Dispatcher:

Dispatcher, Fleet Manager, Driver Manager

The primary person a driver communicates with at his/her company. A dispatcher can play many roles, depending on the company's structure. Dispatchers may assign freight, file requests for home time, relay messages between the driver and management, inform customer service of any delays, change appointment times, and report information to the load planners.
Big Scott (CFI Driver/Tra's Comment
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Also, if you have been a safe on time driver for two years then you can't go wrong with CFI, Prime, Swift, Schneider, or Knight to name a few. Also, look here.

And Trucking Company Reviews and Apply For Truck Driving Jobs.

OOS:

When a violation by either a driver or company is confirmed, an out-of-service order removes either the driver or the vehicle from the roadway until the violation is corrected.

G-Town's Comment
member avatar

Here is a thought... don’t quit without first finding another job. Dispatcher quit? Great freakin’ reason to walk. NOT. Horrible example.

OMG...are you for real?

Dispatcher:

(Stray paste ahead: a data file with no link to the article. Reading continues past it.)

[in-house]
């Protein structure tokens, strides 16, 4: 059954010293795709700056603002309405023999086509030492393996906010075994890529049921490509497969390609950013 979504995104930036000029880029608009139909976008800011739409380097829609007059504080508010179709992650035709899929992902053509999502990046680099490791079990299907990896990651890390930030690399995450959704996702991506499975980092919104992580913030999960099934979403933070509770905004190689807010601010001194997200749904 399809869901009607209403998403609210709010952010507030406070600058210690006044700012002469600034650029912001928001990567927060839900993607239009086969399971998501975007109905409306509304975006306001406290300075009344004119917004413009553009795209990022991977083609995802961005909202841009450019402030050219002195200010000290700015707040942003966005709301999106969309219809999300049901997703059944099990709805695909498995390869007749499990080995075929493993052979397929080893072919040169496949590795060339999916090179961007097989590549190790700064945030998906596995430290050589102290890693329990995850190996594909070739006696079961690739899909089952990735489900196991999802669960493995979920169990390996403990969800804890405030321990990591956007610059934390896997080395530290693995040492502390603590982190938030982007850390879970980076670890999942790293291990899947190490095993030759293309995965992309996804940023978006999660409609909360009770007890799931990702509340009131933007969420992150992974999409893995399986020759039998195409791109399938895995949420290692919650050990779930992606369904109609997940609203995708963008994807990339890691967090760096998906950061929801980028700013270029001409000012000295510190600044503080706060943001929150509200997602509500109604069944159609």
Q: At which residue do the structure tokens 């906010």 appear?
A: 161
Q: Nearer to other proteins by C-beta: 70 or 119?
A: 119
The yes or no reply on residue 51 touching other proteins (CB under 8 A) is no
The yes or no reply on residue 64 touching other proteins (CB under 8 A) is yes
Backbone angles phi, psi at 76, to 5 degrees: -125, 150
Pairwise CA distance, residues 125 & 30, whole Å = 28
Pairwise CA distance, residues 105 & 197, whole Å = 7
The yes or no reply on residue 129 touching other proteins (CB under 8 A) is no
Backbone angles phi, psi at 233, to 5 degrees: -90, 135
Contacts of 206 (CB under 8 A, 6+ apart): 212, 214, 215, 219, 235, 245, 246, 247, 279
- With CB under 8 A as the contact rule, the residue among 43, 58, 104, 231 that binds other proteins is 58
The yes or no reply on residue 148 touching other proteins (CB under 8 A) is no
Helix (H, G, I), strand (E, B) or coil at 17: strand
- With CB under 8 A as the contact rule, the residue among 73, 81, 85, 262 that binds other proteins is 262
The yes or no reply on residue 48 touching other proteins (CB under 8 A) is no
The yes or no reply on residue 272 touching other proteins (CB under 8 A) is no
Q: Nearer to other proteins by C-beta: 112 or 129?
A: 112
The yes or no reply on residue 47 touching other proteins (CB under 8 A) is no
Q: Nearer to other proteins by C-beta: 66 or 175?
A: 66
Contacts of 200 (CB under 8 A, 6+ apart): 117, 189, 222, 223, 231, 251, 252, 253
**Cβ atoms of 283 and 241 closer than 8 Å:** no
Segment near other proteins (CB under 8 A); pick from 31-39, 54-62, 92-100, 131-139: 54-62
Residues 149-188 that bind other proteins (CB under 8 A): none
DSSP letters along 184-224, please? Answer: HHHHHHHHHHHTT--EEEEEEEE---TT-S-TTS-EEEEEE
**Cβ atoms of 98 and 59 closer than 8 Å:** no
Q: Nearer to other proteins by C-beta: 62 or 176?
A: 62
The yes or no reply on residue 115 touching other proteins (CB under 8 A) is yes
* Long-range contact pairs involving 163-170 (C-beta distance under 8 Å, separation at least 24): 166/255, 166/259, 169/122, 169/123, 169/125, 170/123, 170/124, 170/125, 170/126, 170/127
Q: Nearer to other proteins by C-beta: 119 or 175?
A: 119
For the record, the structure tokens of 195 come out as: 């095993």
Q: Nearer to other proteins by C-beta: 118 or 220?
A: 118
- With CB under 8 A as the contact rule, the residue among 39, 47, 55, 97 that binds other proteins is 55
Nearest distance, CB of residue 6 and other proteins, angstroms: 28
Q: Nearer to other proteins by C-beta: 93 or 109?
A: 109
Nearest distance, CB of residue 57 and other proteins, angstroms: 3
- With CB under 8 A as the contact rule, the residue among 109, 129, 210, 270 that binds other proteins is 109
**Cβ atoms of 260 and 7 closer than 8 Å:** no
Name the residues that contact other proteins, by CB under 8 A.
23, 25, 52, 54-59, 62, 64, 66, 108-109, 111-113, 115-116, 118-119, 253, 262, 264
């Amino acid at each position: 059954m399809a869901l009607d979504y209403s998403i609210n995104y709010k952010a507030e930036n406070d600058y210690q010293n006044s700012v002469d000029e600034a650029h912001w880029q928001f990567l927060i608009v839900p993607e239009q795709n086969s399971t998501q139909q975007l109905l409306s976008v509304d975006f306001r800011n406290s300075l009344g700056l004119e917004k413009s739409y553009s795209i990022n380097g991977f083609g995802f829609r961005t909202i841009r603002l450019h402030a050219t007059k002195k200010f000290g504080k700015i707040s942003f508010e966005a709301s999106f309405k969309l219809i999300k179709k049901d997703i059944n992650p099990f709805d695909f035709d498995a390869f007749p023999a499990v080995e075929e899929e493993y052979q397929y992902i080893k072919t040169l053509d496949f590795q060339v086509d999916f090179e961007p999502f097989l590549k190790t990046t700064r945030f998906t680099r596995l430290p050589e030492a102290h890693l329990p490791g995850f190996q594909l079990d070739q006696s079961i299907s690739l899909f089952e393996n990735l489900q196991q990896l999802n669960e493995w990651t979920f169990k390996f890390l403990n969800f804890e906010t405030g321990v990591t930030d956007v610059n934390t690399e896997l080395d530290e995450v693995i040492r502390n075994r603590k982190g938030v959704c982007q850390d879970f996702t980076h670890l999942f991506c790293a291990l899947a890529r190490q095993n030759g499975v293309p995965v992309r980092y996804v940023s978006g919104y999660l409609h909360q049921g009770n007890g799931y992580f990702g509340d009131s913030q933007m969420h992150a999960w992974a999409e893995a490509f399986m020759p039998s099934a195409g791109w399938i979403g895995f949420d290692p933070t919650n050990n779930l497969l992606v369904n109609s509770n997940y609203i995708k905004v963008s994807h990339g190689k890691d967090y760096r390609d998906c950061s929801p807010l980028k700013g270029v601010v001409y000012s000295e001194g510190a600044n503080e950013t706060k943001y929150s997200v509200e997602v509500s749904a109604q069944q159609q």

Dispatcher, Fleet Manager, Driver Manager

The primary person a driver communicates with at his/her company. A dispatcher can play many roles, depending on the company's structure. Dispatchers may assign freight, file requests for home time, relay messages between the driver and management, inform customer service of any delays, change appointment times, and report information to the load planners.
Old School's Comment
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Hello Robert, and welcome aboard!

I think we can help you out. Let's go through your conclusions so far...

1.When reviewing a company got to their Facebook page and read the reviews from other drivers, when a rive is boasting about how great the company is simply check out his facebook profile an see if he still works there. That really tells you a lot.